Tuesday, March 29, 2022

Desirable and Attainable

What does a modern hobby game store do? What role does it play in serving its customer base? You have two major factors, what's desirable and what's obtainable. These are elements of demand and supply, but not quite the same.

Desirable. What generates desire is often outside our control. Most of what is desirable is locked down in existing markets. For example, we have 30 companies that make up 80% of our sales, despite having several hundred on hand. What Magic players want is not something we control, generally. In fact, the desire for this is product is created externally from us. The publisher and its designated agents create the demand. As a store, we can run events to foster this excitement, make social media posts, and generally get excited, but for the most part the desire for this product is external from us. When you think you'll open an "X" store and sell particular products, you are hoping your small bit of enthusiasm will translate to strong desire. You'll sell what they let you sell.

You can also create desire through experiential retail. Events are the obvious Useful Value Proposition. Demo tables with active selling will take well vetted product choices and exponentially increase sales. More demo tables, more sales. Without experiential retail, you will not have a value proposition and will probably fail. With just events and no active selling, you'll be working a passive retail model that will be determined entirely by foot traffic and population base. Creating desire for product is often the difference between break even and profitability. The bar is high.

Obtainable. Obtainable product is stuff you can get, at a margin or price you can deal with, in reliable quantities to meet your needs.  You may overcome some of this with enough capital or size. There is no margin too small, only a price you mark up to that people are unwilling to pay. There is a huge swath of consumer goods, that you would think we should be selling, that we're locked away from because of lack of distribution, direct sales, or our volume is simply too small. We're are often second choice for a lot of products, so the more niche the product, the more likely the alpha customers will have it by the time you get it. If the product is entirely niche, the market may not exist at all. I have this problem with many Kickstarter games, especially role playing games.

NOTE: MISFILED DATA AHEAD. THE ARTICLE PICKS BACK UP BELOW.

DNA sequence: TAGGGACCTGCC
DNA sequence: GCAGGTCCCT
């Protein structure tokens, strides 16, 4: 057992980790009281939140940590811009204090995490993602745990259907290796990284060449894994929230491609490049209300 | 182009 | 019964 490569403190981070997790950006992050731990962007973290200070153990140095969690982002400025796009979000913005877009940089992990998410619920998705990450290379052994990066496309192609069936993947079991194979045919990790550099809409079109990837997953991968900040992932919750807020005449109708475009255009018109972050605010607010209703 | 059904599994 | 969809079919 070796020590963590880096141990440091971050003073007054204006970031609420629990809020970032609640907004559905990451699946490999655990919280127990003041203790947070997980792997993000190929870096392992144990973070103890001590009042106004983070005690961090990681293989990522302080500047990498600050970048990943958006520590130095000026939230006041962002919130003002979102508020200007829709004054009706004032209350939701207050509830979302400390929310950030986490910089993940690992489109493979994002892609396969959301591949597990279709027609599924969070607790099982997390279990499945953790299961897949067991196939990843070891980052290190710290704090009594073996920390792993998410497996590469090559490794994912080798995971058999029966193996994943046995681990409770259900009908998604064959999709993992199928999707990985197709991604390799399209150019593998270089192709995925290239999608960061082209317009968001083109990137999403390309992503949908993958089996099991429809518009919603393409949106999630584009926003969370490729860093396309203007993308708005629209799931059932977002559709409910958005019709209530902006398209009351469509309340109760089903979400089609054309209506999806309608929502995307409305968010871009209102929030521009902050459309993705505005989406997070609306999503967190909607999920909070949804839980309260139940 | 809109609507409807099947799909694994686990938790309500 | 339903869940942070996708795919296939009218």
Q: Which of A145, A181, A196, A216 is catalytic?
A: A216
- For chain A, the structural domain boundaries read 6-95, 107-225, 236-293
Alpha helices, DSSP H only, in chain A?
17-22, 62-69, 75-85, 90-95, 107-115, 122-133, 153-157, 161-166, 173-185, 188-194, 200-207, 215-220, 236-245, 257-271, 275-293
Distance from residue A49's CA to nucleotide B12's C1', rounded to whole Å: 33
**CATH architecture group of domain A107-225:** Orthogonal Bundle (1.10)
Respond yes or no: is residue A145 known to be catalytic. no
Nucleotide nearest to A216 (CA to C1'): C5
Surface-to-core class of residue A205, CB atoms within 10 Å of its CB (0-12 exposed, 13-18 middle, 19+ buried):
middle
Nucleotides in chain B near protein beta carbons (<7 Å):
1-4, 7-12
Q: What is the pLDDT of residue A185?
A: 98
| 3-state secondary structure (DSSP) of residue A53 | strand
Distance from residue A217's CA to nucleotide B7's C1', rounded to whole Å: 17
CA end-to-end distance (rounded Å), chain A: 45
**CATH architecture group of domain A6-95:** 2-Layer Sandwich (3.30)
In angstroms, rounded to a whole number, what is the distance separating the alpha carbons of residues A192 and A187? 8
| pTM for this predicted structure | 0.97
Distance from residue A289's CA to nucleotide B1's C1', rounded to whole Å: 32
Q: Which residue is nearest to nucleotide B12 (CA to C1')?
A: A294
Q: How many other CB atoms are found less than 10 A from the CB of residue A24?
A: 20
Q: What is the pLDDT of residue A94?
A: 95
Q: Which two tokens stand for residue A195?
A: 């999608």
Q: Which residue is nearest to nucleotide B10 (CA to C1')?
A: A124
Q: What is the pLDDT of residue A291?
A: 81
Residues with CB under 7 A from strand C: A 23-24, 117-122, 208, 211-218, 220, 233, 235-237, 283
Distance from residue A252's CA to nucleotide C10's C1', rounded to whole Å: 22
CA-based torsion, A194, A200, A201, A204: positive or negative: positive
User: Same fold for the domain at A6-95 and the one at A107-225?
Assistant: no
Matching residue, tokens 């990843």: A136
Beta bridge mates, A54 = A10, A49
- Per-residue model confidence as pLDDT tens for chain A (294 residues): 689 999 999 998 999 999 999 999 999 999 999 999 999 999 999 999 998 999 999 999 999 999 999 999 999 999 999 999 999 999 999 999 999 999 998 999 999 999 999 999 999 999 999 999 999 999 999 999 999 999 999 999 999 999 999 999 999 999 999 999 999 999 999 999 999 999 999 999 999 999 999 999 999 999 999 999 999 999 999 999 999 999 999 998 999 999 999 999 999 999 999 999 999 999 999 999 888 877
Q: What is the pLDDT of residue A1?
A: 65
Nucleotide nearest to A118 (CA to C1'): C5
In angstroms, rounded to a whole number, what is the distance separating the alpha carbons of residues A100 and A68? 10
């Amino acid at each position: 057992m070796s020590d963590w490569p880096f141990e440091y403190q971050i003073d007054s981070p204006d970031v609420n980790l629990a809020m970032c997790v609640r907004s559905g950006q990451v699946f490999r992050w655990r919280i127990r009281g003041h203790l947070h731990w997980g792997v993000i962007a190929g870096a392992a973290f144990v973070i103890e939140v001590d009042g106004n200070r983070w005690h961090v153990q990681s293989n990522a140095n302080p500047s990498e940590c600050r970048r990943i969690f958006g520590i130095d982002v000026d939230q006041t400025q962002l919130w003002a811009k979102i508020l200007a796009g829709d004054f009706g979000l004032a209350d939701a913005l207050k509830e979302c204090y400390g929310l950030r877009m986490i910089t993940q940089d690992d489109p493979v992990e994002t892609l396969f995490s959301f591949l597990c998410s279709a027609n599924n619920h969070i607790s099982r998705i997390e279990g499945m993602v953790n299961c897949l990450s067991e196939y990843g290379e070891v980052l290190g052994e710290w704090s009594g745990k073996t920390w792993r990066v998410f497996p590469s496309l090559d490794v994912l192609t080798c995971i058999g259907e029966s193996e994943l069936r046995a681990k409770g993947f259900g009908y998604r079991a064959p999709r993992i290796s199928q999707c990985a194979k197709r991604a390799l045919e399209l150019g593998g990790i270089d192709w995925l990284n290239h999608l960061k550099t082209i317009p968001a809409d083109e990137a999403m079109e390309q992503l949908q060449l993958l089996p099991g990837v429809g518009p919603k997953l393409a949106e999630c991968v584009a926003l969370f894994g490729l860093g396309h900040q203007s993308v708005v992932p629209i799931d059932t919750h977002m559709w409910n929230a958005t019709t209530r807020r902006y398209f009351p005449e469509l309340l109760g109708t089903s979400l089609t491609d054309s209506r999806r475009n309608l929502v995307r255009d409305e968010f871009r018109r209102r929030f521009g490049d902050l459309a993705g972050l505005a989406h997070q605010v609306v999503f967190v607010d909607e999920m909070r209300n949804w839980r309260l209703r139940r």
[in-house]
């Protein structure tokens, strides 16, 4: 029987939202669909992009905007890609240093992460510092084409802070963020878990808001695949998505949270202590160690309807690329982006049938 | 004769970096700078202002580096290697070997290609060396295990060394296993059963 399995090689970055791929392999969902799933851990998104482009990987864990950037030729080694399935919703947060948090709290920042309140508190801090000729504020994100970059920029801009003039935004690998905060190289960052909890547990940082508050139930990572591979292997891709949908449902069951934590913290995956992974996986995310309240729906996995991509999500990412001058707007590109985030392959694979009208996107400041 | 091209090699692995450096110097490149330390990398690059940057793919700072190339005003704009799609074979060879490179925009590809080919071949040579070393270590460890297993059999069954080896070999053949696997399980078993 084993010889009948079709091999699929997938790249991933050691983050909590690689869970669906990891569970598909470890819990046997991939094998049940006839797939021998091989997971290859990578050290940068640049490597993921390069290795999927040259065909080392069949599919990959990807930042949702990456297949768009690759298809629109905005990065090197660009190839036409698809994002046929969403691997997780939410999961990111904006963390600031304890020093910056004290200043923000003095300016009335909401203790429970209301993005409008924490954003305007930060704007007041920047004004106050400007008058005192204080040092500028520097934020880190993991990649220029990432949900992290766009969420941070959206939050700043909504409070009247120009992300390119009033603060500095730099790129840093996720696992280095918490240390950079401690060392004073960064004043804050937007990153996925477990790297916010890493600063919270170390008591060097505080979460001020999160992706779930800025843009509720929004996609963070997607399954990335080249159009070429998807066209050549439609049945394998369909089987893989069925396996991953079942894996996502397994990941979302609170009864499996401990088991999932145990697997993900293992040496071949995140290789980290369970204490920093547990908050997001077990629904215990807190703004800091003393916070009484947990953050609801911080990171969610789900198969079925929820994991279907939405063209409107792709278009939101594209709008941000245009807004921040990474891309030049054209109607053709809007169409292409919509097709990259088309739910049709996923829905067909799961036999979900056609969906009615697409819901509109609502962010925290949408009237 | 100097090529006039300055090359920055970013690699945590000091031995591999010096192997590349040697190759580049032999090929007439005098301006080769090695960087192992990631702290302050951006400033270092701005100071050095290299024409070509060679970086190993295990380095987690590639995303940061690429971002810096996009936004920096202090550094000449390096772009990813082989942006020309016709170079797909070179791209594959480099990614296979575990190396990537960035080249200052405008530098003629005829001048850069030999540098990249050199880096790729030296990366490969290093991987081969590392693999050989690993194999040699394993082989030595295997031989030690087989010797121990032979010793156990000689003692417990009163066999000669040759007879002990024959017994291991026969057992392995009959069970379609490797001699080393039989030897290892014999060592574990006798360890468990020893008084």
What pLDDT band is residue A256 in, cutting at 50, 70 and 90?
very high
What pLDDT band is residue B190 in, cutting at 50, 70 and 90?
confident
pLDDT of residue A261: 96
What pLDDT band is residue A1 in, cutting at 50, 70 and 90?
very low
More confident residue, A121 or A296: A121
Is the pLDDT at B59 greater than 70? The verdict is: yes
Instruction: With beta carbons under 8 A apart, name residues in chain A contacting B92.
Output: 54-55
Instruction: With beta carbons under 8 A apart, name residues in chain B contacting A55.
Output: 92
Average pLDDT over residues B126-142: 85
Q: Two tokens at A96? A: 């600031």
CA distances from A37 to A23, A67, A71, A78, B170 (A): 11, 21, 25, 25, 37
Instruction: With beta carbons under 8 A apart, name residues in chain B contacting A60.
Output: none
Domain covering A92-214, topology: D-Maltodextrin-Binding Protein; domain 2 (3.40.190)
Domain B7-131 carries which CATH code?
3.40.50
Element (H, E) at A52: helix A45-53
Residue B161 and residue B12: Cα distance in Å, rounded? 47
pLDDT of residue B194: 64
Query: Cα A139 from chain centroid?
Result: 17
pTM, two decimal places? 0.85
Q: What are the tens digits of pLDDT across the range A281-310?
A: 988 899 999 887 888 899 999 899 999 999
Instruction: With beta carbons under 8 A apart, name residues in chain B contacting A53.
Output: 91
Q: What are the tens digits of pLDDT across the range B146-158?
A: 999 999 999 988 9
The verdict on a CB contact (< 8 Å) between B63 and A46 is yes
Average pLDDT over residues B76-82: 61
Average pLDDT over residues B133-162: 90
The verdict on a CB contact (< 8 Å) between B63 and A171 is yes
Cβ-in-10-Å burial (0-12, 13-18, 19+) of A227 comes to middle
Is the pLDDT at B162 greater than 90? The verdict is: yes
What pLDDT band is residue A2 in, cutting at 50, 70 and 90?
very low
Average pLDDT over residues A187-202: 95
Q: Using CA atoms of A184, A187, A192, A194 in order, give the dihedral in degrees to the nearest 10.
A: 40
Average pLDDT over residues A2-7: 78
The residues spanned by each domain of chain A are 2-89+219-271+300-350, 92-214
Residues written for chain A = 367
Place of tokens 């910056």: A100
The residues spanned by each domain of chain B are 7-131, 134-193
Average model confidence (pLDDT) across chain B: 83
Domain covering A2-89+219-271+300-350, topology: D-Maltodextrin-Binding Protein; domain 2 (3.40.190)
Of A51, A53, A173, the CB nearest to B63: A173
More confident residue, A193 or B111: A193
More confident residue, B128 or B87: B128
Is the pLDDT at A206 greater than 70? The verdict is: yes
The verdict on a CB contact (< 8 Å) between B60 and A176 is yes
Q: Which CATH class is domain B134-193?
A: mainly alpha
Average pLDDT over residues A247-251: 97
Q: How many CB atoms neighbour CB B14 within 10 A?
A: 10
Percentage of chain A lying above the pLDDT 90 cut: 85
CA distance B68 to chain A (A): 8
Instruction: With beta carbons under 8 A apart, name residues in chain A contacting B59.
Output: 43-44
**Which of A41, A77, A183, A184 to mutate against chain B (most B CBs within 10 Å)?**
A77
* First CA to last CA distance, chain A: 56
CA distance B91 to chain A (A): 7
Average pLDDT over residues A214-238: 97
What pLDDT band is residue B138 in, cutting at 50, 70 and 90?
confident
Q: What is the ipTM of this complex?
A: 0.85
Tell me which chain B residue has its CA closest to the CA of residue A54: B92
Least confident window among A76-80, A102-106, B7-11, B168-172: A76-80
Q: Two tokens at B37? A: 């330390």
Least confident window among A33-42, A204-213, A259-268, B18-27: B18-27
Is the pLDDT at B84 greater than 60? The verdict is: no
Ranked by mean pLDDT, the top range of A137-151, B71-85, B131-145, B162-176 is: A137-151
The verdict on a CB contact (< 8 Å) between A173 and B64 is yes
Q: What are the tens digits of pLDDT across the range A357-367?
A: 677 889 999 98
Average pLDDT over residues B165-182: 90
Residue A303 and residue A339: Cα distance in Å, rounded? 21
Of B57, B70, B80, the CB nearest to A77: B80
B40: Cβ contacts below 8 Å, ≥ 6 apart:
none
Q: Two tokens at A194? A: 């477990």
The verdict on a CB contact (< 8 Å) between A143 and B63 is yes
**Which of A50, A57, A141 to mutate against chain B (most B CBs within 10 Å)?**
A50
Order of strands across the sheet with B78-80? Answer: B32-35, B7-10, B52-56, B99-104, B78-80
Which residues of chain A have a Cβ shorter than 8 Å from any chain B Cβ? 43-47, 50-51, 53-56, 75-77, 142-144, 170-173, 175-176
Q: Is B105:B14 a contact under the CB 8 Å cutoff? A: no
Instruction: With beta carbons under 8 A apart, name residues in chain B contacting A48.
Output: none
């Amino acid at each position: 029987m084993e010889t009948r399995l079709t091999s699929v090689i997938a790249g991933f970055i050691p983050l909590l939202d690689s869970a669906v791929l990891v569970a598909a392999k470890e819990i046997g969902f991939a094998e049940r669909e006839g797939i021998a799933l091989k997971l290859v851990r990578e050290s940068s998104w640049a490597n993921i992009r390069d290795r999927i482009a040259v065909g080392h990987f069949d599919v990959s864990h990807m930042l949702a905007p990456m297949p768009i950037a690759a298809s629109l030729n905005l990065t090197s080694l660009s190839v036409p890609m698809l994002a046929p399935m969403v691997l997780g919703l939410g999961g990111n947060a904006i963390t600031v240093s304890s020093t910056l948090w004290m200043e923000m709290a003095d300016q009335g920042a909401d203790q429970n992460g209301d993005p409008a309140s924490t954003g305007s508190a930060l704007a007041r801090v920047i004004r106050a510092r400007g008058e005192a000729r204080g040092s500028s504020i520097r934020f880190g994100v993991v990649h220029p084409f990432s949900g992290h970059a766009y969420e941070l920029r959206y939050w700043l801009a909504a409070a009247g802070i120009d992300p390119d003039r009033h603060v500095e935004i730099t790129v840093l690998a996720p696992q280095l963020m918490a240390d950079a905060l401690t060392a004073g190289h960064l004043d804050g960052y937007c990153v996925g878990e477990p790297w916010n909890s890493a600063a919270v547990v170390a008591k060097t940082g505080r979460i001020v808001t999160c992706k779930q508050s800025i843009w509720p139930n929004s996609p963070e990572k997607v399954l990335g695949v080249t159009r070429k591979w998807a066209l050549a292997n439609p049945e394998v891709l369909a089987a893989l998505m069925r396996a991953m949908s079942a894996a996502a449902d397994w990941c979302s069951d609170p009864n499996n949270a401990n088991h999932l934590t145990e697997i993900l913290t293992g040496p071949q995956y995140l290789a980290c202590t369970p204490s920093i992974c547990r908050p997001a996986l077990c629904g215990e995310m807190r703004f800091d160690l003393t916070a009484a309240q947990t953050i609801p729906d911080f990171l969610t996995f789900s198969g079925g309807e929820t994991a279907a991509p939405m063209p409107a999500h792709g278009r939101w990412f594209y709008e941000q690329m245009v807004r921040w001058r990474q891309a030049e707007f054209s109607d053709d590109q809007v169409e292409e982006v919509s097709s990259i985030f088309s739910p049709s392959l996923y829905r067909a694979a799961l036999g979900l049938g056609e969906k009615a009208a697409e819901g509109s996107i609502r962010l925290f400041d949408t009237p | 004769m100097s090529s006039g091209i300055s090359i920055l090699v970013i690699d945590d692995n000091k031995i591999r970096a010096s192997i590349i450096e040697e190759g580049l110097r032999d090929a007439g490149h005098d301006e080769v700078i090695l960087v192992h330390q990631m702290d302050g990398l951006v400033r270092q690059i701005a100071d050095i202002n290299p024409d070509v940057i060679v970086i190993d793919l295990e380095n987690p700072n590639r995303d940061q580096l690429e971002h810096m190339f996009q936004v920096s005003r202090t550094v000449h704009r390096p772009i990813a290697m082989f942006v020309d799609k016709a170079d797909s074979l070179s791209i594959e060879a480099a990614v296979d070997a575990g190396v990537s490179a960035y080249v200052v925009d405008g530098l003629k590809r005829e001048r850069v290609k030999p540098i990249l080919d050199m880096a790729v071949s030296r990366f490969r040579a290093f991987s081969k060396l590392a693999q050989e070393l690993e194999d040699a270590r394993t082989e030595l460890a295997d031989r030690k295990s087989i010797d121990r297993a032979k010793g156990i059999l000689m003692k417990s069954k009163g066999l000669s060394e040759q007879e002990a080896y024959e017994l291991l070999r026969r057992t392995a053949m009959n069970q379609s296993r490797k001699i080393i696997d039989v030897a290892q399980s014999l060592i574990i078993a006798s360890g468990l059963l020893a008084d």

Mainstream vs. Niche. This means our real role in the marketplace is to have the most mainstream products for the most mainstream customers. Niche products serving niche customers is something we engage in, but it's a sideline to carrying the top products for the average customer. As store owners, we like to be niche. We like to delight customers. We do end up spending a lot of time and money differentiating ourselves by seeking out niche product. Just today I had a niche RPG arrive (which everyone loves, but nobody will buy) and a long awaited, classic board game (which everyone loves, but nobody will buy). These make me happy. They send a message about the kind of store we are. They will not pay the rent, and thankfully both publishers took my money over a year ago.

If you are a customer looking in, you probably only see the things that interest you, the niche product probably. As a store owner, we are much better off putting our thumb on the scale, so to speak, than seeking out new product to weigh. Tweaking my Magic prize support or drumming up a Yugioh event is likely more profitable than my next five backed Kickstarter projects. It is our enthusiasm for cool stuff that keeps us driven to find new, delightful product for our customers.

The 45 degree slope. Finally, imagine a chart. You have desirability on the vertical access and attainability on the horizontal. A line runs at 45 degrees, cutting this graph in half. Everything on this line or slightly adjacent, you can sell. Everything else is either not desirable to your customer or unobtainable. Each product could be charted on this graph. At least, it could be if we knew what they are. Each desire is likewise a mystery. We don't know where customers spend their overall entertainment dollars. The stuff that aligns along this narrow corridor is the stuff my store sells. Sometimes I grasp for items far out in the distance of attainability. Sometimes things are game store exclusive and we see demand that hints at a larger universe we're barely part of. Sometimes we can channel desire to what we already have, but far less so than we would like. 

Surviving in this trade is acknowledging your line and working to bend desire and product towards it. It's also realizing when you're being played, when you're being asked to create desire for the unobtainable, or promise the unobtainable in ways that won't satisfy desire. Pull desire on top towards the line, attain product from the bottom towards the line. This is maddeningly difficult. This is the work part of the job.

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